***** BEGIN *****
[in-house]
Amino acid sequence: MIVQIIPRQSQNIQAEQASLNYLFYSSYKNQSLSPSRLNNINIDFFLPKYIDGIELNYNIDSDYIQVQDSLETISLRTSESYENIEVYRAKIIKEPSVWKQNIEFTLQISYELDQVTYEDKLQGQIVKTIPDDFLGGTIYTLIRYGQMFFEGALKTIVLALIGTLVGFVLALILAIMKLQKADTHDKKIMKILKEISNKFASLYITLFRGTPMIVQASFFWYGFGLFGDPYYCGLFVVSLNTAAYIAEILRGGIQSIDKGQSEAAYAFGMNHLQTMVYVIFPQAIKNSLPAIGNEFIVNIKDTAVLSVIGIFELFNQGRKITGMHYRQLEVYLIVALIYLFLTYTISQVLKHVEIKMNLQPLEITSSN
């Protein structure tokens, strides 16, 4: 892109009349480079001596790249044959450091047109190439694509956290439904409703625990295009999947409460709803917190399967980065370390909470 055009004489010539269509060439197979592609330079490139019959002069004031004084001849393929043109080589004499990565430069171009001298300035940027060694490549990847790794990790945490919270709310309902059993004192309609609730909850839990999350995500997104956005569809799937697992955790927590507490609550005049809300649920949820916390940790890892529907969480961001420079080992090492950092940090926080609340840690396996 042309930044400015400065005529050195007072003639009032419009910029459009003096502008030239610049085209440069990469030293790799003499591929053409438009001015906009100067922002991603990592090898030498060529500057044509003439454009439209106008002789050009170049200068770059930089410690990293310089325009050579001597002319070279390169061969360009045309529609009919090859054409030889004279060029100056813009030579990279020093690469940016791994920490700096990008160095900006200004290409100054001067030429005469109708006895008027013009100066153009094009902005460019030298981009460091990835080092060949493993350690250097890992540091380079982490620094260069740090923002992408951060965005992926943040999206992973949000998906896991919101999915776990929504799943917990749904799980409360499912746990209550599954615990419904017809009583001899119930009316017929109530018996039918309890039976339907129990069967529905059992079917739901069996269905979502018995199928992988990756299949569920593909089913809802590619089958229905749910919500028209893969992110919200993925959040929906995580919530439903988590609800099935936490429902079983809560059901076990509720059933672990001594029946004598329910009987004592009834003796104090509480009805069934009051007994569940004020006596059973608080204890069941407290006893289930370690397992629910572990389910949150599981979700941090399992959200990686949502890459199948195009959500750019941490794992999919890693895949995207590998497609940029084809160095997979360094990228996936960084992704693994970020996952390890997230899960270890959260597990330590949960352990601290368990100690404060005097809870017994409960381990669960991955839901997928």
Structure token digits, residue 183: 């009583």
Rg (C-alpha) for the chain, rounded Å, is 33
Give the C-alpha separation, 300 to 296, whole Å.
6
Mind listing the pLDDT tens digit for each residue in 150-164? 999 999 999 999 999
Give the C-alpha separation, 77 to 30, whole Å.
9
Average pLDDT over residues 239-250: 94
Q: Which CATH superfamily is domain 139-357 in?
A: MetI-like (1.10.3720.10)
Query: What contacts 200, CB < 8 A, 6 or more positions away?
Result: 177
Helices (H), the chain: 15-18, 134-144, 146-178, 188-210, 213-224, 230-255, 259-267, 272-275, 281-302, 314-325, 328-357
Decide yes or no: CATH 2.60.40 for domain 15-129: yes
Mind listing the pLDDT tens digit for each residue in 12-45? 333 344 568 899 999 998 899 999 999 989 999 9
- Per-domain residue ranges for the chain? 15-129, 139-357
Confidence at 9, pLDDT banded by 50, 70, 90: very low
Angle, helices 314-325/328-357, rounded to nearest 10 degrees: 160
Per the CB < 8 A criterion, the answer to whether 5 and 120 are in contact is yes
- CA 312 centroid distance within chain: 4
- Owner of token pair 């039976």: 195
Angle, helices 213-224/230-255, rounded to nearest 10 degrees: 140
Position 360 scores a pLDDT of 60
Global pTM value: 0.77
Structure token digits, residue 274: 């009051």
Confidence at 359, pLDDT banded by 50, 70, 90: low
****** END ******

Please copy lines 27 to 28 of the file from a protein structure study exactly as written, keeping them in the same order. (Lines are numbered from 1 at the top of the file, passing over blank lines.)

Global pTM value: 0.77
Structure token digits, residue 274: 């009051």